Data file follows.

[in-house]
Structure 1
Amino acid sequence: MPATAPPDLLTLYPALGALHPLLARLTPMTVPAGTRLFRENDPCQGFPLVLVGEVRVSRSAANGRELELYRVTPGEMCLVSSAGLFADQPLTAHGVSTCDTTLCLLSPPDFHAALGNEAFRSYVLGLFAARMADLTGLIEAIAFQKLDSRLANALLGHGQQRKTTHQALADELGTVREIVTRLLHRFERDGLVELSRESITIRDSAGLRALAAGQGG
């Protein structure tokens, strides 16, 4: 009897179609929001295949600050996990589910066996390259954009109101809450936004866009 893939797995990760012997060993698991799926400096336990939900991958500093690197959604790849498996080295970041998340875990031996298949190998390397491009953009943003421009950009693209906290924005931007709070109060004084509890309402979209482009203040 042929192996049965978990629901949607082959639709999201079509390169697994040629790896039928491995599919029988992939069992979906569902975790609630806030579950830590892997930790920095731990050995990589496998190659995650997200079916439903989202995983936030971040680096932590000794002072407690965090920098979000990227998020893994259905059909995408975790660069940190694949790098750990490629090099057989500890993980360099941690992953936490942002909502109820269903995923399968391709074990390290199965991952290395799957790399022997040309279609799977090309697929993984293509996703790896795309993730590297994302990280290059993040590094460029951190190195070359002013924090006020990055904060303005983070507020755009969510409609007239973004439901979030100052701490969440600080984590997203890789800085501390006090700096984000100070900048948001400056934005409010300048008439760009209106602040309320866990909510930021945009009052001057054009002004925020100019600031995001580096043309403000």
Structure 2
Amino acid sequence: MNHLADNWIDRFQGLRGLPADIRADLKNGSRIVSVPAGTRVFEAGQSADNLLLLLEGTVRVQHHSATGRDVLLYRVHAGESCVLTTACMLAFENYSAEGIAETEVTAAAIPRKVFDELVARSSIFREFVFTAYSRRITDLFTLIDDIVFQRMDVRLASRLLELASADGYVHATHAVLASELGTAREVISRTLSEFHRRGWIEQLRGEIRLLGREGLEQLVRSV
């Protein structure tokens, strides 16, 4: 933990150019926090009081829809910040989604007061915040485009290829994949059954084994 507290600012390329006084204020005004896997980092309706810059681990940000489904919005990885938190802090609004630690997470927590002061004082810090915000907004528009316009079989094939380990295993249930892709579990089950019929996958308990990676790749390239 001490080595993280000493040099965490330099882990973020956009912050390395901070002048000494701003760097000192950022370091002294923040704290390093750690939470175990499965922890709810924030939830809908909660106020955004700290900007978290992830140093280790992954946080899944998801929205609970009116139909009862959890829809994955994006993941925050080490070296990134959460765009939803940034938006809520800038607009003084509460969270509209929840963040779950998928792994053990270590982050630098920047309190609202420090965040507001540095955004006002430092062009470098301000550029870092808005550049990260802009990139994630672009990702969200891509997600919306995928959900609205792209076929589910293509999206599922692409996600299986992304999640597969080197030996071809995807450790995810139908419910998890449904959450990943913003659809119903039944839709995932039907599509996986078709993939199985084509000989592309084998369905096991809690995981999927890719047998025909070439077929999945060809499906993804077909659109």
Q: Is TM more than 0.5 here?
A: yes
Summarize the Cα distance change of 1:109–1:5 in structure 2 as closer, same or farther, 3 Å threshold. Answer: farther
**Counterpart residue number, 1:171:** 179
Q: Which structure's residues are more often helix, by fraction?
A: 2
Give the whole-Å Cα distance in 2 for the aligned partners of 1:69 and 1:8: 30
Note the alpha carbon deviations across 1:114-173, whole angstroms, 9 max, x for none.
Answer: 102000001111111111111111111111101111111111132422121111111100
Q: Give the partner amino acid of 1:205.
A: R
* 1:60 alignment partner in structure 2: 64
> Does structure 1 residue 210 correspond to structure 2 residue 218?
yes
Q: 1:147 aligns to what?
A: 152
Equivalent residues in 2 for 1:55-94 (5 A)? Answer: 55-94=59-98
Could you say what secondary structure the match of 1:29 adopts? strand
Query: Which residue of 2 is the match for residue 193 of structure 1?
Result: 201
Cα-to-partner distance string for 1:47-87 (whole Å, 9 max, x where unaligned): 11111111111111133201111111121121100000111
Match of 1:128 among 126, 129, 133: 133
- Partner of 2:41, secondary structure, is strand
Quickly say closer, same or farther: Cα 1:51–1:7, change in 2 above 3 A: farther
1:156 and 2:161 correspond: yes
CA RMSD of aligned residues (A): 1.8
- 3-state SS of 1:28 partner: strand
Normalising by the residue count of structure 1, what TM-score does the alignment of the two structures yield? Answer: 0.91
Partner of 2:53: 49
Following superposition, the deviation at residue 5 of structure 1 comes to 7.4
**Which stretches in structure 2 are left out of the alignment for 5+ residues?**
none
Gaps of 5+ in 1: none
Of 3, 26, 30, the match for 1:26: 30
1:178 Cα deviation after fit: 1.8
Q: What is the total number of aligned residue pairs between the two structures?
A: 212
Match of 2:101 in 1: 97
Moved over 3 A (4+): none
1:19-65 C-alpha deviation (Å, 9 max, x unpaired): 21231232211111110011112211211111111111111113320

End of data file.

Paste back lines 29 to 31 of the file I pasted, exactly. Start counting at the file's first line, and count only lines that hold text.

Match of 1:128 among 126, 129, 133: 133
- Partner of 2:41, secondary structure, is strand
Quickly say closer, same or farther: Cα 1:51–1:7, change in 2 above 3 A: farther